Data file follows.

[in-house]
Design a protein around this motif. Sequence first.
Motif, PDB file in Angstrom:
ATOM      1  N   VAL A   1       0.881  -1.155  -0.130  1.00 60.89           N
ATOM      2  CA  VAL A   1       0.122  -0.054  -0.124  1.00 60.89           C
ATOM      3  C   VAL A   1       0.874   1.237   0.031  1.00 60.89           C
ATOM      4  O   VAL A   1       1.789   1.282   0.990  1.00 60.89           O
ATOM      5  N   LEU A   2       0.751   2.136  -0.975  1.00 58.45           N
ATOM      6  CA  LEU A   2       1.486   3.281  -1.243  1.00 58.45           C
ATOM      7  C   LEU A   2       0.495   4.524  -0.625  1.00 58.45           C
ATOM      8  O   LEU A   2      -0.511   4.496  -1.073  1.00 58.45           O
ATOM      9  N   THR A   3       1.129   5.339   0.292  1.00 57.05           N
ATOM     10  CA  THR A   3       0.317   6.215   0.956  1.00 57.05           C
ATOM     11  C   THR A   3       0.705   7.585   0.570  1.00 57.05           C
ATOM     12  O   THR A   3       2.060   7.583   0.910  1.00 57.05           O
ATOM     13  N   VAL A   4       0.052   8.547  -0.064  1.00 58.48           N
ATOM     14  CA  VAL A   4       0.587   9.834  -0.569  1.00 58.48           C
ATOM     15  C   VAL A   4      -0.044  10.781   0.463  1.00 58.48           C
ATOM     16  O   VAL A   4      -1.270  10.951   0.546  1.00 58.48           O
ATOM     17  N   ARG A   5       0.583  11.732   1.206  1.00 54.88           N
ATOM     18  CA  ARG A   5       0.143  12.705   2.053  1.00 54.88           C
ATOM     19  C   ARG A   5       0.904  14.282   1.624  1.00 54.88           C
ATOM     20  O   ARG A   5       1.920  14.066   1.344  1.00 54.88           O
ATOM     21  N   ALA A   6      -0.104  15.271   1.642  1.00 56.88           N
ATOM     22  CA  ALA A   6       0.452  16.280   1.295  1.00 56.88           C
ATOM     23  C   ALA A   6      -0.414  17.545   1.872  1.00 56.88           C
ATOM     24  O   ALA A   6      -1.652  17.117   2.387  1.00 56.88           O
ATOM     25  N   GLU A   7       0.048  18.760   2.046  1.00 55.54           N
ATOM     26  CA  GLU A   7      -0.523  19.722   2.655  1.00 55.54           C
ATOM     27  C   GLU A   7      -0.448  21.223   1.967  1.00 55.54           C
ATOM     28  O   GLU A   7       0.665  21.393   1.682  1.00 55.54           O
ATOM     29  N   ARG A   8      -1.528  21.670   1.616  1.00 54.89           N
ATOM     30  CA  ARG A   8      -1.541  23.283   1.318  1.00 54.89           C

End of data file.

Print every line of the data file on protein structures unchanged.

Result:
[in-house]
Design a protein around this motif. Sequence first.
Motif, PDB file in Angstrom:
ATOM      1  N   VAL A   1       0.881  -1.155  -0.130  1.00 60.89           N
ATOM      2  CA  VAL A   1       0.122  -0.054  -0.124  1.00 60.89           C
ATOM      3  C   VAL A   1       0.874   1.237   0.031  1.00 60.89           C
ATOM      4  O   VAL A   1       1.789   1.282   0.990  1.00 60.89           O
ATOM      5  N   LEU A   2       0.751   2.136  -0.975  1.00 58.45           N
ATOM      6  CA  LEU A   2       1.486   3.281  -1.243  1.00 58.45           C
ATOM      7  C   LEU A   2       0.495   4.524  -0.625  1.00 58.45           C
ATOM      8  O   LEU A   2      -0.511   4.496  -1.073  1.00 58.45           O
ATOM      9  N   THR A   3       1.129   5.339   0.292  1.00 57.05           N
ATOM     10  CA  THR A   3       0.317   6.215   0.956  1.00 57.05           C
ATOM     11  C   THR A   3       0.705   7.585   0.570  1.00 57.05           C
ATOM     12  O   THR A   3       2.060   7.583   0.910  1.00 57.05           O
ATOM     13  N   VAL A   4       0.052   8.547  -0.064  1.00 58.48           N
ATOM     14  CA  VAL A   4       0.587   9.834  -0.569  1.00 58.48           C
ATOM     15  C   VAL A   4      -0.044  10.781   0.463  1.00 58.48           C
ATOM     16  O   VAL A   4      -1.270  10.951   0.546  1.00 58.48           O
ATOM     17  N   ARG A   5       0.583  11.732   1.206  1.00 54.88           N
ATOM     18  CA  ARG A   5       0.143  12.705   2.053  1.00 54.88           C
ATOM     19  C   ARG A   5       0.904  14.282   1.624  1.00 54.88           C
ATOM     20  O   ARG A   5       1.920  14.066   1.344  1.00 54.88           O
ATOM     21  N   ALA A   6      -0.104  15.271   1.642  1.00 56.88           N
ATOM     22  CA  ALA A   6       0.452  16.280   1.295  1.00 56.88           C
ATOM     23  C   ALA A   6      -0.414  17.545   1.872  1.00 56.88           C
ATOM     24  O   ALA A   6      -1.652  17.117   2.387  1.00 56.88           O
ATOM     25  N   GLU A   7       0.048  18.760   2.046  1.00 55.54           N
ATOM     26  CA  GLU A   7      -0.523  19.722   2.655  1.00 55.54           C
ATOM     27  C   GLU A   7      -0.448  21.223   1.967  1.00 55.54           C
ATOM     28  O   GLU A   7       0.665  21.393   1.682  1.00 55.54           O
ATOM     29  N   ARG A   8      -1.528  21.670   1.616  1.00 54.89           N
ATOM     30  CA  ARG A   8      -1.541  23.283   1.318  1.00 54.89           C